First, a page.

Americans spend $61 billion on their pets each year. It would take $20 billion to end homelessness. If dogs are as smart as we think they are, they'd go without a jewel-studded collar or cable subscription to DOGTV if it meant giving humans a place to sleep at night.
Eve Edelheit/The Tampa Bay Times/AP
Every few years it seems there’s a new study that shows how smart dogs are. Three or four years ago, it was revealed that the smartest dogs had a vocabulary of up to 500 words. Shortly afterward, I read an article that teaches you how to test your dog’s IQ. We’re familiar with guide dogs, but now some dogs have even been found to help patients better deal with epileptic seizures. And now comes undeniable evidence of just how intelligent dogs are: They have their own cable station.
DOGTV is available on Direct TV. Not programming about dogs for dog owners (the majority of whom would rather be called “parents” than “owners”). No, this is programming for “stay-at-home” dogs. DOGTV’s website says its pooch-friendly programming is “scientifically developed to stimulate and comfort your dog” when left alone. DOGTV says its content helps dogs overcome stress, separation anxiety, and other behavioral problems.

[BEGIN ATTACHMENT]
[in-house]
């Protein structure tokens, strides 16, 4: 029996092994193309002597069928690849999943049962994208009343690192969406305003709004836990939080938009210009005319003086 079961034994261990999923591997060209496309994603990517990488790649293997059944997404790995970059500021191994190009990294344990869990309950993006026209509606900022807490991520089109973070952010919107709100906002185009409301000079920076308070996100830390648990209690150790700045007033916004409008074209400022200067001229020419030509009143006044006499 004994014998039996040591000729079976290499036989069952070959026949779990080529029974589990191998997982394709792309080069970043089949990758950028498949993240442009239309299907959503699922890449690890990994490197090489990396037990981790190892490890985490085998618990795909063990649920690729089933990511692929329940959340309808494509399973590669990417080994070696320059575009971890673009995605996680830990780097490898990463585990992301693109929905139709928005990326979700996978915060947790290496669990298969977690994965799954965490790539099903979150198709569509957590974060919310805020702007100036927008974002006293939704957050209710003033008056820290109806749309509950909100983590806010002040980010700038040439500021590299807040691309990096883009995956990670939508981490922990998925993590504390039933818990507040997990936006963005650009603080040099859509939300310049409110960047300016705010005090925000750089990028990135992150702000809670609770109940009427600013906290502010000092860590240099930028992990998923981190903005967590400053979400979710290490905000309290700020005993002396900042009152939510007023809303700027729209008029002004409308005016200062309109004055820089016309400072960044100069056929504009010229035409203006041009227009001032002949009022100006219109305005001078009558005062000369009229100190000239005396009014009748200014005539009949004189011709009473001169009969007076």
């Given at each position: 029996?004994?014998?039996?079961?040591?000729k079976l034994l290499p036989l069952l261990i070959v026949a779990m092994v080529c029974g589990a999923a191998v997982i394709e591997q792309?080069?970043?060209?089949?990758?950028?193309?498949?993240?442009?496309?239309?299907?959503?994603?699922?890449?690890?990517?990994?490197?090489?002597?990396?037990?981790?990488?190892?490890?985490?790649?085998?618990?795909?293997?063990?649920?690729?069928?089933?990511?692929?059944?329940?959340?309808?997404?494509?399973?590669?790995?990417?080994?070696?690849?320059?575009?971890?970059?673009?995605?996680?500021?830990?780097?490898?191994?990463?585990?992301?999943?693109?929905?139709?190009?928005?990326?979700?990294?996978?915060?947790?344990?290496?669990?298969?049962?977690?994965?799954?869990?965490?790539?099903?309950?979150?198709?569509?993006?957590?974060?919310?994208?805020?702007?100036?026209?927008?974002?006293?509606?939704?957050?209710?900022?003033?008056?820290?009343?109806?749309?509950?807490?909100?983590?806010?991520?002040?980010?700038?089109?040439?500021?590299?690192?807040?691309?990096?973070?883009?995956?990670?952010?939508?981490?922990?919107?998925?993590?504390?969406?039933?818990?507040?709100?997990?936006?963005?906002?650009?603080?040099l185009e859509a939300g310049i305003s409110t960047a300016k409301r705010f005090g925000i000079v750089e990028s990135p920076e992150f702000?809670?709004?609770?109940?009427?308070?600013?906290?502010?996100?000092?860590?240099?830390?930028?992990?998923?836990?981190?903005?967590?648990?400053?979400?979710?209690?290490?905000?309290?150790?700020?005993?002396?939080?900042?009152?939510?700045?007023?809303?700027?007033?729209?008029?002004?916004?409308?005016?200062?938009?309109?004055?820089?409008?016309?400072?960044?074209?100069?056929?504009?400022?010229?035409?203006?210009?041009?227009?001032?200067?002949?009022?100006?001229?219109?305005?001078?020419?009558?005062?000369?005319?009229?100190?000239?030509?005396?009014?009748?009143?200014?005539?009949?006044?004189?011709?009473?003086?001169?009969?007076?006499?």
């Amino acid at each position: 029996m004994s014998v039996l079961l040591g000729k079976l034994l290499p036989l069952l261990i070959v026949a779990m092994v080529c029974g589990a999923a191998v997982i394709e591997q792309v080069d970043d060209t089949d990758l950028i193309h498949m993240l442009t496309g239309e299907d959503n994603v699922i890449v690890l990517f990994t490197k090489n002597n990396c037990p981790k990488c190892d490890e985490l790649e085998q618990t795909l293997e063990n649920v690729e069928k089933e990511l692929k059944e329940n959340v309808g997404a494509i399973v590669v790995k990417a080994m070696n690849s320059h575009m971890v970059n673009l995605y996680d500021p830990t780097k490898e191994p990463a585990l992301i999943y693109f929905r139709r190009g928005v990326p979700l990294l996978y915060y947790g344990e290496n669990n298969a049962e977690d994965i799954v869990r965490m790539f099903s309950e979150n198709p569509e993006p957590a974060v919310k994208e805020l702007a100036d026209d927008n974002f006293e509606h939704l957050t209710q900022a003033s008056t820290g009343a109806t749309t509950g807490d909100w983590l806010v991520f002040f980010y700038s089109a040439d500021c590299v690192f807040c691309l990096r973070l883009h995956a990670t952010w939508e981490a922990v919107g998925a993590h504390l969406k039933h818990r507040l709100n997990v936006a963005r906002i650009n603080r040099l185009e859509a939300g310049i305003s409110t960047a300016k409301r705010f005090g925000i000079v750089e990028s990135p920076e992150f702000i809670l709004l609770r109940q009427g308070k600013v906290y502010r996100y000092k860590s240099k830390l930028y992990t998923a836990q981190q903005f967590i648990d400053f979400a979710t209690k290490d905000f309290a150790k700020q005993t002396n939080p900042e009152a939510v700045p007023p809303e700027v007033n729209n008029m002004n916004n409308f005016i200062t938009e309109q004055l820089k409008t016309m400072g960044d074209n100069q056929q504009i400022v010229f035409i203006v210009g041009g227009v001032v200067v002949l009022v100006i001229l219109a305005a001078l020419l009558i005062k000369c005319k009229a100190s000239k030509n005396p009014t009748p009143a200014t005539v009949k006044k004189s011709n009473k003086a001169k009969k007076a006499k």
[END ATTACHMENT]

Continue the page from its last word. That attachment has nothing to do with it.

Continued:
As a sign of our evolutionary achievement, scientists point to how much leisure time we humans have. Dogs have obviously advanced far beyond us. They’re born into a life of retirement while we spend most of our life working toward that goal. And they say the average dog’s IQ is only 10.
And now we have to work a bit more to pay for DOGTV – $4.99 per month. Which will actually be a bargain compared to what we pay for pet massage, spa days, acupuncture, doggie day care, pet sitters, and birthday gifts. Yes, 77 percent of us pet parents admit to buying our dogs birthday gifts. I guess that makes sense if 81 percent of us think of our dogs as full-fledged family members.
I have lived with dogs all my life, usually two at a time. I’m pretty crazy about Henry, our giant Golden Doodle, and Luke, our scrappy mutt. And I’m tempted sometimes to think of them as wayward children. But not tempted to treat them to birthday gifts, spa days, or gourmet meals. And as far as I can tell, they don’t seem to mind. They jump on me and lick my face every chance they get.
But Henry and Luke aside, it seems many dogs fare better than their school-age family members when it comes to spending during tough economic times.